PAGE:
“Injustice anywhere is a threat to justice everywhere. We are caught in an inescapable network of mutuality, tied in a single garment of destiny. Whatever affects one directly, affects all indirectly.” The Rev. Dr. Martin Luther King Jr., “Letter from Birmingham (AL)Jail”, April 16, 1963.
The video shows two men struggling, tussling over a gun, one white and one black, shots rang out and the black man dies. Two months later, the nation becomes aware of the murder. The nation also becomes aware of the cover up. Incidentally this black man was out for a jog, a run, a bit of exercise. The video shows a black man handcuffed with his hands behind his back in one frame and in another is pinned to the ground by a police officer with his knee on the black man’s neck. “I can’t breathe. I want my mama.” would be some of, if not all of, his final words. Then, the black man dies. The video shows a white woman with an unleashed dog being asked by a black man to put the dog on a leash, but instead of complying (which is the law), she dials 911 and plays the victim rather than the perpetrator. Her reason for calling she said, “I was afraid”. The black man was not wearing a hoodie, he did not brandish a weapon, he made no sudden lunges at her, he was not verbally abusive to her, but was out and about in the park bird watching. Thankfully this last incident ended without another black man dying.
I am not an avid Facebook user but I do sign on to post and read what is going on. This one particular instance, I signed on and I read a post that simply said, “I’m tired”. The post was in regards to the incident involving George Floyd and other black men killed in the custody of law enforcement or falsely accused of wrong doing by private citizens. My response: “I am tired, too”. I ask, why are people (human beings, not animals) being treated this way (only the ones we know about)? When will it stop? When it will end?
I grew up in Blackshear, Pierce County, was educated here and moved back to be used by God to be a blessing to the community at large. But to be perfectly honest with you, as a black American, black pastor, black husband, black father, black veteran and black citizen of Pierce County and someone with a measure of face and name recognition, there is an uneasiness about me at times when I venture out in public.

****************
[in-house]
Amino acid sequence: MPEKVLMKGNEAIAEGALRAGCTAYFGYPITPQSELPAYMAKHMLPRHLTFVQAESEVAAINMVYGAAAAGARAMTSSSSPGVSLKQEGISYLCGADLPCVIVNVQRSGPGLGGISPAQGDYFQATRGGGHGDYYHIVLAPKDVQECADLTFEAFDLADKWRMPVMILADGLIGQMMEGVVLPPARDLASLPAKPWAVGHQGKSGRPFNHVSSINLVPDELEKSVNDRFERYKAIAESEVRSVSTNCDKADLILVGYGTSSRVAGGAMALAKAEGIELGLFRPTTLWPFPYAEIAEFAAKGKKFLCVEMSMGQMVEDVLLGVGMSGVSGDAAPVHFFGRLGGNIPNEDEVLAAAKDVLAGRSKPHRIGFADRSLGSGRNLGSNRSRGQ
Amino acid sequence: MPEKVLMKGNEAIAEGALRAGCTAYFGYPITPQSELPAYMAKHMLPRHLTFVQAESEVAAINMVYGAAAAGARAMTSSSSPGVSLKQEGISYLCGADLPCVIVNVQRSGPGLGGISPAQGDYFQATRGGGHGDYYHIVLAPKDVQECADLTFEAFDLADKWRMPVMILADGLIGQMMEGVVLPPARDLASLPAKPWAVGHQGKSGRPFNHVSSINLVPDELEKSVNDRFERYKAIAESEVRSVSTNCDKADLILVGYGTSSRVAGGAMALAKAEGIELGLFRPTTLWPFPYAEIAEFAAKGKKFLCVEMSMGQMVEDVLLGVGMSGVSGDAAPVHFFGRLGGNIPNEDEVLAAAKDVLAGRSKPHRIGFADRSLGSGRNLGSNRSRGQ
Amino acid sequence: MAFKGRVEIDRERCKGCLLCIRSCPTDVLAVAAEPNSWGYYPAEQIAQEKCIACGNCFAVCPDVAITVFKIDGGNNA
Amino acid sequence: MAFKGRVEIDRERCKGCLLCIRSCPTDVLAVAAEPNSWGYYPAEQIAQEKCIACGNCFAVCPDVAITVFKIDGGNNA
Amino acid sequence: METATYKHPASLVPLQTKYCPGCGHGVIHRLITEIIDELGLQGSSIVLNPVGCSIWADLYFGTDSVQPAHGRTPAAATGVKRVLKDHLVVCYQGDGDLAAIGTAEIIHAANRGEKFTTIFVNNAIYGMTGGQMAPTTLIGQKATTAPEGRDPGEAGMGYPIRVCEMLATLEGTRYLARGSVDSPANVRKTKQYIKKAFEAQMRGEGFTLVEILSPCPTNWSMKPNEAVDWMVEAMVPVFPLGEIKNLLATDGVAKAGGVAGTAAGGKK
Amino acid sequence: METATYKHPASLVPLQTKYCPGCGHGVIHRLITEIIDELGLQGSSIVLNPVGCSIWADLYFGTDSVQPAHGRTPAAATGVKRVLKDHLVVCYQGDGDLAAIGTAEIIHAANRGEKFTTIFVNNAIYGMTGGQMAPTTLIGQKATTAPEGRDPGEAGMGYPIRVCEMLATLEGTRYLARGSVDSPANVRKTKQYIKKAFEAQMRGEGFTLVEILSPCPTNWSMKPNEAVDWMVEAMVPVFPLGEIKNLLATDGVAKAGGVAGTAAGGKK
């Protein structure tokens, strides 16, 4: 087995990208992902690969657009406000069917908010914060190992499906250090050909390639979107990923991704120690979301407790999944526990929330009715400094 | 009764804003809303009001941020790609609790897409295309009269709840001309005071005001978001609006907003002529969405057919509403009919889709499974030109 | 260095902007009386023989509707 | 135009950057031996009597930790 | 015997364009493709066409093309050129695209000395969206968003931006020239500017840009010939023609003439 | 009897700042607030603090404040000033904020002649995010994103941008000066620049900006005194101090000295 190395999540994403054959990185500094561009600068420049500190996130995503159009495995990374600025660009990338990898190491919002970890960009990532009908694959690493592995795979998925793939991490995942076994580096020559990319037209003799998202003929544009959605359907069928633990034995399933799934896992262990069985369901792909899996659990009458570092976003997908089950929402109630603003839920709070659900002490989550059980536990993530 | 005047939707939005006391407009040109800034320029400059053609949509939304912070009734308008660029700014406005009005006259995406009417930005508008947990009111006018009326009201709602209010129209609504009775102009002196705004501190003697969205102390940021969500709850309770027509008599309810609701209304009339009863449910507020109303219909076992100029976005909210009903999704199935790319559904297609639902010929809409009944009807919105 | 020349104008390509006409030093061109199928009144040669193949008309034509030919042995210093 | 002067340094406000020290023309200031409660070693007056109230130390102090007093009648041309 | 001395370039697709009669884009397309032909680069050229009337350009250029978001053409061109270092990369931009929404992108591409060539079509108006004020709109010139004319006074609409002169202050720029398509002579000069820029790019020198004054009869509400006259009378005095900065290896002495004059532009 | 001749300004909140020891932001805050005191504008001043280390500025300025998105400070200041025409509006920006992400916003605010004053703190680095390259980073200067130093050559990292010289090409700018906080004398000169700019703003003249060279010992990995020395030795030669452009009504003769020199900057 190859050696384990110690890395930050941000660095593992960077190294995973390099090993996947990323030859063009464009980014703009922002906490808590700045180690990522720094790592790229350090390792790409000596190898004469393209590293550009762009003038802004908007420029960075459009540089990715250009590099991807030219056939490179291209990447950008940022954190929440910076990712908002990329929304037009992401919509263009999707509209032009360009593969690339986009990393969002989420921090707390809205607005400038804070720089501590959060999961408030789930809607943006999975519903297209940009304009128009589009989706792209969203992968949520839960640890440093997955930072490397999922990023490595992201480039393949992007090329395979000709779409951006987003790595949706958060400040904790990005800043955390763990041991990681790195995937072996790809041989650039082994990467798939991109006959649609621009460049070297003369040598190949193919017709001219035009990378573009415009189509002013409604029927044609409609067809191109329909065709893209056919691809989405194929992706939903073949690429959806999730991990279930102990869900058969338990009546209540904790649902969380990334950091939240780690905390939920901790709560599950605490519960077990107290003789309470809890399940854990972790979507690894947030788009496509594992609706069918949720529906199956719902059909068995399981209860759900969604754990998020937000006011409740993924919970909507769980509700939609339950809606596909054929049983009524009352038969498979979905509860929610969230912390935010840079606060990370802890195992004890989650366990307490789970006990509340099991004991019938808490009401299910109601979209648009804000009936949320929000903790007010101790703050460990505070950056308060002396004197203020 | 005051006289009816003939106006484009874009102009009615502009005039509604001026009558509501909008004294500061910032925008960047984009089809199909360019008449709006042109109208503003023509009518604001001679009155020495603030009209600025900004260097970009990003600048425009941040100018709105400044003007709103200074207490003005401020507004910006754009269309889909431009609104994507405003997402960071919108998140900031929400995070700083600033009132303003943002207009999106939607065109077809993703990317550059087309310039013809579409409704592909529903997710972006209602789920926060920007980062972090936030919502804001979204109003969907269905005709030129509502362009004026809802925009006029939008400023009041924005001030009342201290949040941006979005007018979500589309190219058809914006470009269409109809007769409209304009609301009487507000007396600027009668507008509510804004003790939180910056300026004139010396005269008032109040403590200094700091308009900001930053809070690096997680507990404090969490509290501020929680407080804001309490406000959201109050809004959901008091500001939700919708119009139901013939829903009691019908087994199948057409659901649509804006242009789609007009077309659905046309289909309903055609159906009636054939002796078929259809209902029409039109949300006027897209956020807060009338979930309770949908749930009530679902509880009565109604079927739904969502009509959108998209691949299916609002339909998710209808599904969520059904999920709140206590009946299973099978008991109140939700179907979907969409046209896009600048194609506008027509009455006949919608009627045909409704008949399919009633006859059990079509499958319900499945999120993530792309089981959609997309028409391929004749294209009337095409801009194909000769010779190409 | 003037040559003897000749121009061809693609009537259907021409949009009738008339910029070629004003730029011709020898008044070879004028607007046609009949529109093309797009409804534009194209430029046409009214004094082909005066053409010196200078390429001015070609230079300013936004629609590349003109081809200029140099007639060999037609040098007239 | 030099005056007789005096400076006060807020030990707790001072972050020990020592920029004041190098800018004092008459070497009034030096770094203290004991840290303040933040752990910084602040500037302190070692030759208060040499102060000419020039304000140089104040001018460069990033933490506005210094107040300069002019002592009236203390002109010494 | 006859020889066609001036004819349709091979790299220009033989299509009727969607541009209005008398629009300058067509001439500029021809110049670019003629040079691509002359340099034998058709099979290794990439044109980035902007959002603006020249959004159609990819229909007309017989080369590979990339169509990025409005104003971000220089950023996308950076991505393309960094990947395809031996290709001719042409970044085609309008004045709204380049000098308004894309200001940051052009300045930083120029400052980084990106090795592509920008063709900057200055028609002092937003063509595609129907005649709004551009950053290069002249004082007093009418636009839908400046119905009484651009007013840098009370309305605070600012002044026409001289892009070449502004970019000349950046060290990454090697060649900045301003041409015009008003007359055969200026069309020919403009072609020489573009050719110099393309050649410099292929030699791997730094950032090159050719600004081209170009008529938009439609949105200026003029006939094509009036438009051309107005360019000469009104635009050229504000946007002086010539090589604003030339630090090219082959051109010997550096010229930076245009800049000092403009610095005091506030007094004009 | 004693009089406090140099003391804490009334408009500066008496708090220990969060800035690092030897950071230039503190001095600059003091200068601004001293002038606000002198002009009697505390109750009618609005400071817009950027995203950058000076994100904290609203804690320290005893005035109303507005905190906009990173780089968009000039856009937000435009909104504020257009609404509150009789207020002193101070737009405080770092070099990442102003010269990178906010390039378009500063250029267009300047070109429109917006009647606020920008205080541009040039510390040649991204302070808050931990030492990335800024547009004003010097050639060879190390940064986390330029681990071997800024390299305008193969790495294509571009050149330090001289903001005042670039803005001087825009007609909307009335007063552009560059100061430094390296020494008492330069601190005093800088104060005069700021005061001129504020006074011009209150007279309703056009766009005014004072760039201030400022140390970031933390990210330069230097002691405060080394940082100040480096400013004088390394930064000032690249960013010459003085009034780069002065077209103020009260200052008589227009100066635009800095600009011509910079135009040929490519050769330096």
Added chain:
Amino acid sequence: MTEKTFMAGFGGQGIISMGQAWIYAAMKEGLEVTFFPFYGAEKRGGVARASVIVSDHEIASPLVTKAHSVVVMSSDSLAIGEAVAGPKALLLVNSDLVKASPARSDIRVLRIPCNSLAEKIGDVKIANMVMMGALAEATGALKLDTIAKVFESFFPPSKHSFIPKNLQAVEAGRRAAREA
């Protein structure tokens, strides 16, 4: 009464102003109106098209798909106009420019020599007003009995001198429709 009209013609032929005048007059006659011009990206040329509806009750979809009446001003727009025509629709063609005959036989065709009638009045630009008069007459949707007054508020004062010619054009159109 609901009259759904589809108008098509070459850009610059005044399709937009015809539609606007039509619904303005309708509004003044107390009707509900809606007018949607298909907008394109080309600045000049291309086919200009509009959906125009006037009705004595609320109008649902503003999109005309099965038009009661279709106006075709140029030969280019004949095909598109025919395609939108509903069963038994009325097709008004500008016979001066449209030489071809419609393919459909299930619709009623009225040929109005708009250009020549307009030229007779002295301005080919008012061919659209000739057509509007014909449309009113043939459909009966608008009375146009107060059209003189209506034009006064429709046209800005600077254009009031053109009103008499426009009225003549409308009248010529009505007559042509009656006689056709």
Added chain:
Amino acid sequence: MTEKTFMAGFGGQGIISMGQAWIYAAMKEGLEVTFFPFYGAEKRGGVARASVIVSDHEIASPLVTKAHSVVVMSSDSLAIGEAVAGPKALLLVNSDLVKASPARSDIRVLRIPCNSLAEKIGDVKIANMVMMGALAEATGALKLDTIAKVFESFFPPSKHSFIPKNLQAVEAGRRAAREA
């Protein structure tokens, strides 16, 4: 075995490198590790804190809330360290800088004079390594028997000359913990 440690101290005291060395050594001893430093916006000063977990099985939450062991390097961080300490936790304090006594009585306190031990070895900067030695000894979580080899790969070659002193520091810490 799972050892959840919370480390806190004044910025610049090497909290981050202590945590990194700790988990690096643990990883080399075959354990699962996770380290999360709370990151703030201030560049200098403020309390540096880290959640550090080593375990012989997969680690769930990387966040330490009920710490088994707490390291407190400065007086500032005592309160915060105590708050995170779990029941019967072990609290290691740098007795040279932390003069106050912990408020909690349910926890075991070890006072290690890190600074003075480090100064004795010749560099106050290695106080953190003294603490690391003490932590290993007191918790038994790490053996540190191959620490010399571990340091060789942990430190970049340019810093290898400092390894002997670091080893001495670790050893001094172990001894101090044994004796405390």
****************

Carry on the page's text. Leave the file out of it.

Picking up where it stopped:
It’s not caused by this invisible enemy, COVID-19 (coronavirus), but this visible enemy, “apathy”. Laws may change behavior but only Christ can change a heart. If I had to give an answer to my questions, (Why does this happen? Why are people being treated this way? When will it stop? When will it end?), I would have to say, it will all begin to change when the body of Christ stands up, speaks up and says “enough is enough”. Not just one segment of “the body” but the entire body of Christ – those who look like Ahmaud Arbery, George Floyd and Christian Cooper (black men) and those who do not. Paul said in 1st Corinthians 12:14, “For the body is not one member, but many”. Is it true there is only one segment of the body that concerns itself with injustice against people of color, whether that injustice is senseless killings (murder), nepotism and systemic discrimination in hiring practices, political corruption, apathetic and immoral leadership? May I submit that if injustice concerns Christ, it concerns “The Body” and not just one segment of The Body, but the entire Body of Christ! The silence from one part of The Body is deafening! Paul goes on to say in 1st Corinthians 12:26: “And whether one member suffers, all members suffer with it; or one member be honored, all the members rejoice with it.” A segment of the body is suffering right now. I wonder if all the body suffers with it?
Dr. Martin Luther King said this: “So often the contemporary church is a weak, ineffectual voice with an uncertain sound. So often it is an arch-defender of the status quo. Far from being disturbed by the presence of the church, the power structure of the average community is consoled by the church’s silent – and often even vocal – sanction of things as they are.”
After hearing Dr. King’s words, can we hear from more than one segment of the Body of Christ concerning the injustices perpetrated across our country against people of color?
Clergy let’s talk, seriously, let’s talk!
• Morris Pate is the Pastor of Fourth Mount Olive Church in Blackshear.